11. 11. The method of claim 7, wherein the one or more conditionally enabled buttons comprise a button for switching from an alphabet keyboard to a numbers and symbols keyboard.
  12. 12. The method of claim 7, wherein the one or more conditionally enabled buttons comprise a button for switching from a numbers and symbols keyboard to an alphabet keyboard.
  13. 13. A computer readable storage medium storing one or more programs, the one or more programs comprising instructions, which when executed by a multifunction device with a touch screen display, cause the device to:
    display a soft keyboard having a plurality of buttons including a plurality of unconditionally enabled buttons and one or more conditionally enabled buttons;
    detect a first input with a first button at a first time;
    respond to detecting the first input by activating the first button;
    detect a second input with a second button at a second time; and
    in response to detecting the second input with the second button at the second time:
    when the first button is an unconditionally enabled button and the second button is an unconditionally enabled button, activate the second button; and
    when the first button is an unconditionally enabled button and the second button is a conditionally enabled button:
    when the period of time between the first time and the second time is above a predefined threshold, activate the second button; and
    when the period of time between the first time and the second time is equal to or below the predefined threshold, prevent the second button from being activated.
  14. 14. A multifunction device, comprising:
    a touch screen display;
    one or more processors;
    memory; and
    one or more programs, wherein the one or more programs are stored in the memory and configured to be executed by the one or more processors, the one or more programs including instructions for:
    displaying a soft keyboard having a plurality of buttons including a plurality of unconditionally enabled buttons and one or more conditionally enabled buttons;
    detecting a first input with a respective unconditionally enabled button at a first time;
    responding to detection of the first input at the first time by:
    activating the respective unconditionally enabled button; and
    disabling at least one of the conditionally enabled buttons for a predefined period of time commencing from the first time;
    detecting a second input with a conditionally enabled buttons disabled in response to the first input, the second input being detected at a second time that is within the predefined period of time; and
    responding to detection of the second input at the second time by disregarding the second input.
  15. 15. A method comprising:
    at a multifunction device with a touch screen display:
    displaying a soft keyboard having a plurality of buttons including a plurality of unconditionally enabled buttons and one or more conditionally enabled buttons;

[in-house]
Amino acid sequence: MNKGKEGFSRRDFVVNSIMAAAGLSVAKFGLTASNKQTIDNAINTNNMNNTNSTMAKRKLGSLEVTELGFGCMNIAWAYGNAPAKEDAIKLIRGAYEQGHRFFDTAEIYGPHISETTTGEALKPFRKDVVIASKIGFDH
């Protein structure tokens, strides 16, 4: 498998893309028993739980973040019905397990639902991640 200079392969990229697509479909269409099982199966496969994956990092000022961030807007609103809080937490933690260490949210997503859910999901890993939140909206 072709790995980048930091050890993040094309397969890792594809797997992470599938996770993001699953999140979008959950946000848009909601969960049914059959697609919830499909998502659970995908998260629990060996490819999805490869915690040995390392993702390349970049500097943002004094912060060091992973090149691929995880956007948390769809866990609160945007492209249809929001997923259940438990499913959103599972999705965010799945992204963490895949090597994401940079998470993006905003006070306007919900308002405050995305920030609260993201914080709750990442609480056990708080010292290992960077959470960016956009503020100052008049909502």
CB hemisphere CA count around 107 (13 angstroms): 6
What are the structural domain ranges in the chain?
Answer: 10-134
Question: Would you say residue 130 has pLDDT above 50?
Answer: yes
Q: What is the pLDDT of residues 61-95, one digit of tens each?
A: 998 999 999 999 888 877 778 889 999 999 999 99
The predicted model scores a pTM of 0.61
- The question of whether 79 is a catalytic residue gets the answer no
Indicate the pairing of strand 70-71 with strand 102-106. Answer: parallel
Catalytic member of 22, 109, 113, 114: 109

detecting a first input with a respective unconditionally enabled button at a first time;
    in response to detecting the first input at the first time:
    activating the respective unconditionally enabled button; and
    disabling at least one of the conditionally enabled buttons for a predefined period of time commencing from the first time;
    detecting a second input with a conditionally enabled buttons disabled in response to the first input, the second input being detected at a second time that is within the predefined period of time; and
    in response to detecting the second input at the second time, disregarding the second input.
  16. 16. A computer readable storage medium storing one or more programs, the one or more programs comprising instructions, which when executed by a multifunction device with a touch screen display, cause the device to:
    display a soft keyboard having a plurality of buttons including a plurality of unconditionally enabled buttons and one or more conditionally enabled buttons;
    detect a first input with a respective unconditionally enabled button at a first time;
    in response to detecting the first input at the first time:
    activate the respective unconditionally enabled button; and
    disable at least one of the conditionally enabled buttons for a predefined period of time commencing from the first time;
    detect a second input with a conditionally enabled buttons disabled in response to the first input, the second input being detected at a second time that is within the predefined period of time; and
    disregard the second input in response to detecting the second input at the second time.
US12788283 2010-01-06 2010-05-26 Apparatus and method for conditionally enabling or disabling soft buttons Active 2030-09-28 US8621380B2 (en)

Priority Applications (2)

Application Number Priority Date Filing Date Title
PCT/US2010/020263 WO2011084157A1 (en) 2010-01-06 2010-01-06 Apparatus and method for conditionally enabling or disabling soft buttons
US12788283 US8621380B2 (en) 2010-01-06 2010-05-26 Apparatus and method for conditionally enabling or disabling soft buttons

Applications Claiming Priority (2)

Application Number Priority Date Filing Date Title
US12788283 US8621380B2 (en) 2010-01-06 2010-05-26 Apparatus and method for conditionally enabling or disabling soft buttons
US14094735 US9442654B2 (en) 2010-01-06 2013-12-02 Apparatus and method for conditionally enabling or disabling soft buttons

Related Parent Applications (1)

Application Number Title Priority Date Filing Date
PCT/US2010/020263 Continuation WO2011084157A1 (en) 2010-01-06 2010-01-06 Apparatus and method for conditionally enabling or disabling soft buttons

Related Child Applications (1)

Application Number Title Priority Date Filing Date
US14094735 Continuation US9442654B2 (en) 2010-01-06 2013-12-02 Apparatus and method for conditionally enabling or disabling soft buttons

Publications (2)